SESP junior Natasha Sondakh prepares to publish debut novel exploring Indonesian identity


Courtesy of Natasha Sondakh

Natasha Sondakh (SESP ’22). Sondakh’s debut novel, “She Smells of Turmeric,” will be published at the end of April.

Laya Neelakandan, Assistant Arts & Entertainment Editor

In just four months, Natasha Sondakh (SESP ’22) wrote her debut novel, “She Smells of Turmeric,” while juggling classes and learning how to market her book.

The fictional novel follows an Indonesian-American girl who moves to Indonesia after her father’s death. As she experiences Indonesian culture and meets new people, she soon realizes nothing is as perfect as it seems and finds herself in the process.

“As a kid, I saw a lack of Southeast Asian representation in Western literature,” Sondakh said. “I felt really insecure because my country was not represented at all.”

This led Sondakh to produce a piece of art that drew from her personal experiences as a woman of color. She began by writing sticky notes for each chapter, lining them up on her desk and envisioning the story arc before letting herself write freely.

Sondakh said she drew inspiration from real life, whether it is a place she has been to in Jakarta or a person in her life. 

“Each character has its own distinct voice,” she said. “I try to keep it as real as possible because this is about a lot of people’s lives.”

Natasha Sondakh’s debut novel, “She Smells of Turmeric.” The book will be available on Amazon at the end of April. (courtesy of Natasha Sondakh)

Sondakh worked with editors and a publisher through the Book School program at the Creator Institute, which helps first-time writers publish their books. She said she has learned a lot from her editors through the process.

As Sondakh’s developmental editor, Anne Kelley said she helped Sondakh brainstorm concepts and would build upon those ideas each week to make her book “as riveting as possible.”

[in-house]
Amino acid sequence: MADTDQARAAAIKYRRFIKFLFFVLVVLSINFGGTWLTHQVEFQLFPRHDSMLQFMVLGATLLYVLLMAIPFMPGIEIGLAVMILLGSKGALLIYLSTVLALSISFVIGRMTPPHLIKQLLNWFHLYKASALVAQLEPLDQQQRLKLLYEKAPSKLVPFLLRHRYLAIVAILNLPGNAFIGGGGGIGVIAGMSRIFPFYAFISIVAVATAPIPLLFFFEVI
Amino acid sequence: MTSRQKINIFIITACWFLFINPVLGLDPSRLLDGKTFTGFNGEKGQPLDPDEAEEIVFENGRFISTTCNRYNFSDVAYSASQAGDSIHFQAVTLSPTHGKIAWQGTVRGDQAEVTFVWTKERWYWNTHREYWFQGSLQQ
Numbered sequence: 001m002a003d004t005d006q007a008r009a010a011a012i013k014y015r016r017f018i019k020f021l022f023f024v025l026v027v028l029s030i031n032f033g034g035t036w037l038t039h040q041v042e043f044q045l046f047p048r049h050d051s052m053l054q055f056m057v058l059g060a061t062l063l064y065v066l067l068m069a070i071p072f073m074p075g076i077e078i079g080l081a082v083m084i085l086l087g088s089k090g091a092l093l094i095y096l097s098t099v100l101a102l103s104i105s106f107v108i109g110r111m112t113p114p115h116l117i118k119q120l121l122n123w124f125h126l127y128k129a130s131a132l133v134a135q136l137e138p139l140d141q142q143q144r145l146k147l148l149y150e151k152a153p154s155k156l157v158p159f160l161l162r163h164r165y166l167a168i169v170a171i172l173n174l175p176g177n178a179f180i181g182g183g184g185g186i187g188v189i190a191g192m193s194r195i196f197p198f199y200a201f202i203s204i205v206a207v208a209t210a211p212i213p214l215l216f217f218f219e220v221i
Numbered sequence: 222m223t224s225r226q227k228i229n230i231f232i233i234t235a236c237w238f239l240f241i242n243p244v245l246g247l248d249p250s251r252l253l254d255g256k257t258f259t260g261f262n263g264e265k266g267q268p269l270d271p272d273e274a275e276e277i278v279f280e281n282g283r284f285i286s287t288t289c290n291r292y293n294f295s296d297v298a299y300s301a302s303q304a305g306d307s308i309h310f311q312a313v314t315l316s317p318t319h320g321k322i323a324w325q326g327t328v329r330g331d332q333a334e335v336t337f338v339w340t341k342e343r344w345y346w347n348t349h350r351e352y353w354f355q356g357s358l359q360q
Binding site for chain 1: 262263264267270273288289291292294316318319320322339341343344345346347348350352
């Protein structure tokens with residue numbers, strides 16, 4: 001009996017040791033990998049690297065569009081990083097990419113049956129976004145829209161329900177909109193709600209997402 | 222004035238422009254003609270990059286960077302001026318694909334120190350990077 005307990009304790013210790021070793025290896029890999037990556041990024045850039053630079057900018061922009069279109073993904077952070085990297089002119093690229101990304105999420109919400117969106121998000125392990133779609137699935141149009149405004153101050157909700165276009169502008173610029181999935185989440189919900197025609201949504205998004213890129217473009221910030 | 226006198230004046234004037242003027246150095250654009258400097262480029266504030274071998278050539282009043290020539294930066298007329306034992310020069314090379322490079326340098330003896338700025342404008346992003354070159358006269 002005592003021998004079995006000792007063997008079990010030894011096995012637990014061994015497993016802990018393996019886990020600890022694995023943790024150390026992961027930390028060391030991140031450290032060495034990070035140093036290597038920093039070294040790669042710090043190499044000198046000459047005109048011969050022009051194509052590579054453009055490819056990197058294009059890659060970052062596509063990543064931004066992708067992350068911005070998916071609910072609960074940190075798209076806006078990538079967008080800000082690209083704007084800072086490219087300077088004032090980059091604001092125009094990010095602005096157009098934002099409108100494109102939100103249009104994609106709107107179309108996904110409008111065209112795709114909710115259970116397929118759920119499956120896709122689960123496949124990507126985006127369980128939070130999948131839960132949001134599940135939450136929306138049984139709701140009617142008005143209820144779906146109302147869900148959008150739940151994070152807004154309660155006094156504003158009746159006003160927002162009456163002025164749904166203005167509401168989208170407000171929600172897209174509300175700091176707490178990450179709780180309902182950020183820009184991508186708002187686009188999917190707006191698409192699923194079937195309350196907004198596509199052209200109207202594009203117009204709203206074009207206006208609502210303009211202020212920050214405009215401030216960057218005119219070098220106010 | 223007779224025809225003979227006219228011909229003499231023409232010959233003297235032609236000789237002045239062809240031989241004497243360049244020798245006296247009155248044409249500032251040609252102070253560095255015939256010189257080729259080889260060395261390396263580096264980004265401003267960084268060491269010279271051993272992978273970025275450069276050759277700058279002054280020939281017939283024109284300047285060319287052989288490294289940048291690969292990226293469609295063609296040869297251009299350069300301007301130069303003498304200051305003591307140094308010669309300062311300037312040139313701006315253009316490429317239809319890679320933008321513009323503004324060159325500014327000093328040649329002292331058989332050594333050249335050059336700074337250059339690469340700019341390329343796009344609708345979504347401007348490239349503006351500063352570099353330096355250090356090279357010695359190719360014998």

There were moments when it was tricky, any writer hits a wall once in a while, but we always worked through the writer’s block together,” Kelley said. “I would motivate her every chance I could get, not only because a confident writer is one that writes more, but also because we became friends over our time together.”

Because of the time difference between Kelley and Sondakh, who lives in Indonesia, Sondakh  would sometimes be working with her as late as midnight. 

Stephanie McKibben, Sondakh’s marketing and revisions editor, would read through the manuscript line by line, searching for continuity errors and working to make the book “as professional as possible.”

“Natasha was incredibly organized and is a real joy to work with,” McKibben said. “She brings a lot of enthusiasm to her project… and that enthusiasm has never waned — her story is going to be a really wonderful story.”

For readers outside Indonesia, the book will be available on Amazon at the end of April. Sondakh said she hopes her book has an impact on her readers, leaving them with more hope than when they started.

“(There’s) this hope that humanity is a lot warmer than we think it is,” Sondakh said. “Having that warmth and positivity in literature, while at the same time being relatable and not too oddly idealistic, is very comforting… (and) I hope people feel the same way.”

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Twitter: @laya_neel

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